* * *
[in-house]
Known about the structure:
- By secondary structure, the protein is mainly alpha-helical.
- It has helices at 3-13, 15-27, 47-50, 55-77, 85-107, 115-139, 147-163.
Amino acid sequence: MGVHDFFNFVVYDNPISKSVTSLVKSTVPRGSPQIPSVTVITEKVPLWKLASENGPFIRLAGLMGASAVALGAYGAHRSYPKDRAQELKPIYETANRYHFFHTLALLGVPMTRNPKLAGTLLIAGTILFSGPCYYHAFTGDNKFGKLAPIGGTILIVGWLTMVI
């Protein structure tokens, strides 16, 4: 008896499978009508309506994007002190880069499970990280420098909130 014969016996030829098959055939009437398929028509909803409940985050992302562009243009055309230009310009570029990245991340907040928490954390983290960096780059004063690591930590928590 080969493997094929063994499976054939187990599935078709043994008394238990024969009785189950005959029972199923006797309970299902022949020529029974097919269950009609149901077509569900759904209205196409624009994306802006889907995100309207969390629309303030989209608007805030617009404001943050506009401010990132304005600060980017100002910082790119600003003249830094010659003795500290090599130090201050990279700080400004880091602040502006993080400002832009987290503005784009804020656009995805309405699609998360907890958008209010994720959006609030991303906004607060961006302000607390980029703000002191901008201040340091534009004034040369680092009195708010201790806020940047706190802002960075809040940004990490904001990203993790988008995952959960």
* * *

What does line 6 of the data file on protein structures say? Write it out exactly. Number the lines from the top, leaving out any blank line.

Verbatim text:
């Protein structure tokens, strides 16, 4: 008896499978009508309506994007002190880069499970990280420098909130 014969016996030829098959055939009437398929028509909803409940985050992302562009243009055309230009310009570029990245991340907040928490954390983290960096780059004063690591930590928590 080969493997094929063994499976054939187990599935078709043994008394238990024969009785189950005959029972199923006797309970299902022949020529029974097919269950009609149901077509569900759904209205196409624009994306802006889907995100309207969390629309303030989209608007805030617009404001943050506009401010990132304005600060980017100002910082790119600003003249830094010659003795500290090599130090201050990279700080400004880091602040502006993080400002832009987290503005784009804020656009995805309405699609998360907890958008209010994720959006609030991303906004607060961006302000607390980029703000002191901008201040340091534009004034040369680092009195708010201790806020940047706190802002960075809040940004990490904001990203993790988008995952959960």